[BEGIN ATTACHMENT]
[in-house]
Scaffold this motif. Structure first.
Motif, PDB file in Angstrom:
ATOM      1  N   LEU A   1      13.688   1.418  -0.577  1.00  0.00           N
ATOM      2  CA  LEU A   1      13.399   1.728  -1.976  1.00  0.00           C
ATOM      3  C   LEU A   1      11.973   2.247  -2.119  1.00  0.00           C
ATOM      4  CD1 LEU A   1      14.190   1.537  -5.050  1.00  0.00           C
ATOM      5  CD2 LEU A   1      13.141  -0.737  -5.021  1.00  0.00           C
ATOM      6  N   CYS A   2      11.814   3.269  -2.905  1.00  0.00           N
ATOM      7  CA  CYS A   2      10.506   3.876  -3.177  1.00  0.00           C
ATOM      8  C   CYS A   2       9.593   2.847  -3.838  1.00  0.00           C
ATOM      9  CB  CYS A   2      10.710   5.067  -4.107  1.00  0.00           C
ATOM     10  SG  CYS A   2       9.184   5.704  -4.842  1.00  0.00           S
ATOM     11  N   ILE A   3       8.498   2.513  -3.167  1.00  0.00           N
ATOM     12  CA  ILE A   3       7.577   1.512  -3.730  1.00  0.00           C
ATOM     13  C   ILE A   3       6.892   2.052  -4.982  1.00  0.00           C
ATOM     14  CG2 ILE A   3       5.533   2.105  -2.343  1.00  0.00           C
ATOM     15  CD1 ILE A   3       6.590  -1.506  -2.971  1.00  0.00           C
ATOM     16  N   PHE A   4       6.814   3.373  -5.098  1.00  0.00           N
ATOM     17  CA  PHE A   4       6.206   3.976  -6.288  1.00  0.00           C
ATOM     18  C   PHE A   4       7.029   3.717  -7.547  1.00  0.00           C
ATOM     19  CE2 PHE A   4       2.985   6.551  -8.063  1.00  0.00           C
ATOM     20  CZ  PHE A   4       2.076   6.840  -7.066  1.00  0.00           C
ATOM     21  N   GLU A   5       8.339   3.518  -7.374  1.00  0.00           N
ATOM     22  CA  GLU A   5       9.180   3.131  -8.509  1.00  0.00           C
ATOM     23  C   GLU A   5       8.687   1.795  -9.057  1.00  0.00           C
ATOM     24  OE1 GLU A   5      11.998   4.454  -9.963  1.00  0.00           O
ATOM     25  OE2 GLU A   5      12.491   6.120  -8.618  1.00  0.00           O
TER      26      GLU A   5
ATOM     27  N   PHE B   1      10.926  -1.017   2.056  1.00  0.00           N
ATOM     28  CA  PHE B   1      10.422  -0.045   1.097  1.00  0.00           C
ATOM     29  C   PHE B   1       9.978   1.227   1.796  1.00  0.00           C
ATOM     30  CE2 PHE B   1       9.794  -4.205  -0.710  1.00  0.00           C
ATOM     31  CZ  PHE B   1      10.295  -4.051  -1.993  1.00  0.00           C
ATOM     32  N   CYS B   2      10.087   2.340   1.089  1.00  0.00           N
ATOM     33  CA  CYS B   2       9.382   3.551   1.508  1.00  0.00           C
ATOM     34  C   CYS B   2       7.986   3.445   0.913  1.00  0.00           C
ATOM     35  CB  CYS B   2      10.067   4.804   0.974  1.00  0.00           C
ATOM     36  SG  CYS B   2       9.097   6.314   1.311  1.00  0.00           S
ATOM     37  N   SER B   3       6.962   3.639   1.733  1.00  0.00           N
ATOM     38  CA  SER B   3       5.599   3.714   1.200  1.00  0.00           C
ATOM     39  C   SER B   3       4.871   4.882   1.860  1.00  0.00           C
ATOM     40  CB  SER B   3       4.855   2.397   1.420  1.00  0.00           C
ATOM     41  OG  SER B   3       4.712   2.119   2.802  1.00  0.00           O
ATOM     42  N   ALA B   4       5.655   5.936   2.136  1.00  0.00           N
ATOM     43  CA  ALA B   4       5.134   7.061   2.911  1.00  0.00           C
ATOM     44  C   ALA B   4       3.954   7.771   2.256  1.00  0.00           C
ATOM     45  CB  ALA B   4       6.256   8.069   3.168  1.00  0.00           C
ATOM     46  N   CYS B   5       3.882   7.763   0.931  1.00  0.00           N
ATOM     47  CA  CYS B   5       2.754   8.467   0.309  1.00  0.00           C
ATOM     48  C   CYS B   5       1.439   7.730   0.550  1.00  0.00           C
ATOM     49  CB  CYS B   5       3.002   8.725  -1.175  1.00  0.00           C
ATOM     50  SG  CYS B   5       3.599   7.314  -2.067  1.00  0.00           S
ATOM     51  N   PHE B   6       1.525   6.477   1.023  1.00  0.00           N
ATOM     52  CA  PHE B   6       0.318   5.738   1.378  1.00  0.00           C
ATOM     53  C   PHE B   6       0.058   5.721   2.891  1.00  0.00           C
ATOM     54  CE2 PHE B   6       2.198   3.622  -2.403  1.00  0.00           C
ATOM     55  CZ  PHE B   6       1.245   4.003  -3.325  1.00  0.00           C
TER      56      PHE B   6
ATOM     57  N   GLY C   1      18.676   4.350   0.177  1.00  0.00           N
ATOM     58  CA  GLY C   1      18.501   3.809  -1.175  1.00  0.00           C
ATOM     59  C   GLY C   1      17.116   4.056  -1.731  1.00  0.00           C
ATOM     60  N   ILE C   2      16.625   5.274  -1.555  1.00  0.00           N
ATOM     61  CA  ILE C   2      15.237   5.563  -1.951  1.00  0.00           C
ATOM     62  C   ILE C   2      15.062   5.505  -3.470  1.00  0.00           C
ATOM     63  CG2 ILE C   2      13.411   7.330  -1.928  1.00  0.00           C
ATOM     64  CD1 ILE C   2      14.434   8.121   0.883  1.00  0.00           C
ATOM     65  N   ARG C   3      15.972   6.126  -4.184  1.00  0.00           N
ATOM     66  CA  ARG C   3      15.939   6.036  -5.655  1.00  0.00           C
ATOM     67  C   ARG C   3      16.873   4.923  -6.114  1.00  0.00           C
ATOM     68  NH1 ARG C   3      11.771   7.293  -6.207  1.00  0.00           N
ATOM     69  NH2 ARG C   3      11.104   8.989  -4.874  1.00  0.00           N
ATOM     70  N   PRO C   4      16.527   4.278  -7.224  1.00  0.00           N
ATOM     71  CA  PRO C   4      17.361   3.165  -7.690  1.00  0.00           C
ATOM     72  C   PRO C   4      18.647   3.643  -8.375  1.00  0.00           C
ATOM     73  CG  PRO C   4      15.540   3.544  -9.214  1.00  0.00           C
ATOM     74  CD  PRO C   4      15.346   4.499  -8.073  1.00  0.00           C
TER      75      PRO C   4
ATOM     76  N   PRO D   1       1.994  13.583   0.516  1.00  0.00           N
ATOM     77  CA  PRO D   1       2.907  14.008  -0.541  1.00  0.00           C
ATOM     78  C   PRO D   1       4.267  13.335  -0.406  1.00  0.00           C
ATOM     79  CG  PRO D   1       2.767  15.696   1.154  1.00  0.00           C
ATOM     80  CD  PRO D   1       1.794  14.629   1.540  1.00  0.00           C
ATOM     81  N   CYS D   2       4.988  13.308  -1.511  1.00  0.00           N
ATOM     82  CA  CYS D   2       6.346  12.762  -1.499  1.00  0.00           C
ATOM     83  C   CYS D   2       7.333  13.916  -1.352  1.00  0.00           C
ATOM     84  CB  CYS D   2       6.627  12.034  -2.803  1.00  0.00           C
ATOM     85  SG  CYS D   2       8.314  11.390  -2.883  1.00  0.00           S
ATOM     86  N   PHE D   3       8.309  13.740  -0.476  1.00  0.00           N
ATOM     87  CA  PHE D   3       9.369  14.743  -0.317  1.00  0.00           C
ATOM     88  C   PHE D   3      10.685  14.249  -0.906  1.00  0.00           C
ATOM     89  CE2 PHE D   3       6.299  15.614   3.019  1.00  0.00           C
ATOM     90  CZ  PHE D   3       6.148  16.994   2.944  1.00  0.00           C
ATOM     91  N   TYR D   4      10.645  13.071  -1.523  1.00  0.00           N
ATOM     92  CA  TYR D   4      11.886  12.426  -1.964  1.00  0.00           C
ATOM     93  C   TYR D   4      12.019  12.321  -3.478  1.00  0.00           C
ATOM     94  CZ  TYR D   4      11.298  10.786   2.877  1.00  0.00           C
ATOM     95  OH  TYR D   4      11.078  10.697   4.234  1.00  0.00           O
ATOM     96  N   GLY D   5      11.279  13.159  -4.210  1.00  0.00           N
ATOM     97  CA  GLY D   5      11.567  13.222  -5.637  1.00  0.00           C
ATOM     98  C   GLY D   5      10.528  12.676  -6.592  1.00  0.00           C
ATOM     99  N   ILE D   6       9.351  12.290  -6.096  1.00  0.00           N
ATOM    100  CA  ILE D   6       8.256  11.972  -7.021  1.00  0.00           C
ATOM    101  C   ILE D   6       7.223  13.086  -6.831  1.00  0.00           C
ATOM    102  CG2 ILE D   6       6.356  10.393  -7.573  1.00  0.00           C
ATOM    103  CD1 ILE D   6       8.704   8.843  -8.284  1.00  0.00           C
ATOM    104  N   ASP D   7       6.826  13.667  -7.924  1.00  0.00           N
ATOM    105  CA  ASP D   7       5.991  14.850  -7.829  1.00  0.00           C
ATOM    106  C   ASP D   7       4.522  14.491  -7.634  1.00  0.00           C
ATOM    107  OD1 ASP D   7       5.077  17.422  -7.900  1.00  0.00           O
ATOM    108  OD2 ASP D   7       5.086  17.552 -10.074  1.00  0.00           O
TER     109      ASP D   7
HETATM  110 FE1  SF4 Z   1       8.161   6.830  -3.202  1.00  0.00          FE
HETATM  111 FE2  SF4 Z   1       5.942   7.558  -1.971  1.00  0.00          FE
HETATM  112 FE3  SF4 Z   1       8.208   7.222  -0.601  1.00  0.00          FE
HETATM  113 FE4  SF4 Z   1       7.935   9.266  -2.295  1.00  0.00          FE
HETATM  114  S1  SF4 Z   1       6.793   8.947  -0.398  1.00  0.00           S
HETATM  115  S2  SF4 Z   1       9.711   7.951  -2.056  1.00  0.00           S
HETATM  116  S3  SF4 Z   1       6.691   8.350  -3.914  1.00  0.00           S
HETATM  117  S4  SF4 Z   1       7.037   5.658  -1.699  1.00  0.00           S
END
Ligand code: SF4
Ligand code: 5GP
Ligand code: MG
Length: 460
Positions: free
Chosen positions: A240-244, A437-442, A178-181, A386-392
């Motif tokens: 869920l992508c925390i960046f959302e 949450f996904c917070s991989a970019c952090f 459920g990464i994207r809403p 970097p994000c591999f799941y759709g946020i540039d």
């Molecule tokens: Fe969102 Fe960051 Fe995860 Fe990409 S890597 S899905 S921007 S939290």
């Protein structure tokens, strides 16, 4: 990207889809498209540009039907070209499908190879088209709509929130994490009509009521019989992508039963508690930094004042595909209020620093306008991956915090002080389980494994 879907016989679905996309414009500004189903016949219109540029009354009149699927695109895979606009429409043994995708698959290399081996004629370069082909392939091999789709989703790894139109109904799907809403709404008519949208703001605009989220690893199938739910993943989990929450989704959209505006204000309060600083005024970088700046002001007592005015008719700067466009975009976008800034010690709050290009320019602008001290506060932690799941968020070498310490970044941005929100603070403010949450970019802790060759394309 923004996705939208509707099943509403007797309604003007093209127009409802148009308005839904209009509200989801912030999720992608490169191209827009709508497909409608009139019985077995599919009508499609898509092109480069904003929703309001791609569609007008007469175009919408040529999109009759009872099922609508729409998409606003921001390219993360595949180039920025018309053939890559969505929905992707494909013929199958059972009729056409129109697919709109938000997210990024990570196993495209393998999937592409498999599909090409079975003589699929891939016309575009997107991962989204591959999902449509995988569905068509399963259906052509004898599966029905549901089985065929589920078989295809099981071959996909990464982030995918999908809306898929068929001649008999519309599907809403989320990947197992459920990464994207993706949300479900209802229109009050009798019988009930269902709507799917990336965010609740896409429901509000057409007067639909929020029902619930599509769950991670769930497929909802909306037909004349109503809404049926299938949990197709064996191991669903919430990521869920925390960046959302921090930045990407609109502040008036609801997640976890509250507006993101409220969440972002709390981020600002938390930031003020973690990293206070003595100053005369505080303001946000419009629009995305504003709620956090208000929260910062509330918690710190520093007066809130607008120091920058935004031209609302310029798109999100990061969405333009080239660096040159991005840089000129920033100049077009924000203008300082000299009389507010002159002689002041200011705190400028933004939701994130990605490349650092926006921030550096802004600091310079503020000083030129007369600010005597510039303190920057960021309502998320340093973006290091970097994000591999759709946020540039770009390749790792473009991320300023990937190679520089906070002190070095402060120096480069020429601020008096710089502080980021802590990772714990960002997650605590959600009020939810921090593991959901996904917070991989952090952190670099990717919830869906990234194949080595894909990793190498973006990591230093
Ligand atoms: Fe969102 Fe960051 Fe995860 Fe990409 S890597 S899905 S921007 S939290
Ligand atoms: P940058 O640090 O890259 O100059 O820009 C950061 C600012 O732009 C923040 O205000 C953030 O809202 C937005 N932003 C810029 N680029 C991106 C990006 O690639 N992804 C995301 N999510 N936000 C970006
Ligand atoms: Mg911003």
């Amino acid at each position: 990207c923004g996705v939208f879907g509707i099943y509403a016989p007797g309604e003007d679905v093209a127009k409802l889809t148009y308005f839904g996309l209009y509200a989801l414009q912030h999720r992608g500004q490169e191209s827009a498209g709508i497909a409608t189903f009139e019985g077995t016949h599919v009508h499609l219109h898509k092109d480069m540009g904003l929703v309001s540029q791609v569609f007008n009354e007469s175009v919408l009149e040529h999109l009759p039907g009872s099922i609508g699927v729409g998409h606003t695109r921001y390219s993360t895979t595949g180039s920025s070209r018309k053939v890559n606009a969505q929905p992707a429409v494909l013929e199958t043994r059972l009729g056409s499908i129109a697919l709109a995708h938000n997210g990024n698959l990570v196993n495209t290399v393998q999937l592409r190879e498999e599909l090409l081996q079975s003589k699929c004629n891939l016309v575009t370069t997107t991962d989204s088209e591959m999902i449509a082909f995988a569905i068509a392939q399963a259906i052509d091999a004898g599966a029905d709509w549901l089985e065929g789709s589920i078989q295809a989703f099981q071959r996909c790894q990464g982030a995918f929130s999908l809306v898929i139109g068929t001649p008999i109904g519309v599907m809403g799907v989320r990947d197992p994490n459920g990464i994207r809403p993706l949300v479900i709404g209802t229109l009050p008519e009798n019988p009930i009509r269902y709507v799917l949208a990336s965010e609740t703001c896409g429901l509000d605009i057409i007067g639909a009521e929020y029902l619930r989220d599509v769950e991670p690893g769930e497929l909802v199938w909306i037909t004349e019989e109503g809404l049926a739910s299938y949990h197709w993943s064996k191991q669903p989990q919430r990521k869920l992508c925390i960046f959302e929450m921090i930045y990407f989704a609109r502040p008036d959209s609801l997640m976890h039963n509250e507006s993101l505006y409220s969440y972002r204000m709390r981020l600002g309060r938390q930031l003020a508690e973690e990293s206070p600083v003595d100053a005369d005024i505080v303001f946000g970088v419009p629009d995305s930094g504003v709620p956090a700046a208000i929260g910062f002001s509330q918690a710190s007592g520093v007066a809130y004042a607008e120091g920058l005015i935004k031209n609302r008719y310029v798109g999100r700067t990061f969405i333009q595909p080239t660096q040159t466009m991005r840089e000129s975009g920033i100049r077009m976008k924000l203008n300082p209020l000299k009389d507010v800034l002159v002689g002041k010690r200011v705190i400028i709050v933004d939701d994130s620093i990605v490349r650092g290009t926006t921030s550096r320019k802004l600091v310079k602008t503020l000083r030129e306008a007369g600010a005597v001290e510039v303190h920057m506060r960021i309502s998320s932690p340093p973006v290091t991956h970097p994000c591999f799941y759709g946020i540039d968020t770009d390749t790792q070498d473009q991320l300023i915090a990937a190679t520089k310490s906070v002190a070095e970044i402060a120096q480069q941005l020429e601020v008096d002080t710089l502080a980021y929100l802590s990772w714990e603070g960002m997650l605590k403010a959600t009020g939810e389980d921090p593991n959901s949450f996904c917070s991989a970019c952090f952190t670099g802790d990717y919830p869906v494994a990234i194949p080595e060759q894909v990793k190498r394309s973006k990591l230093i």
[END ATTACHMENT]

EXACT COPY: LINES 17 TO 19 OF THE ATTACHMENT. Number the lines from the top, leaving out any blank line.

ATOM     14  CG2 ILE A   3       5.533   2.105  -2.343  1.00  0.00           C
ATOM     15  CD1 ILE A   3       6.590  -1.506  -2.971  1.00  0.00           C
ATOM     16  N   PHE A   4       6.814   3.373  -5.098  1.00  0.00           N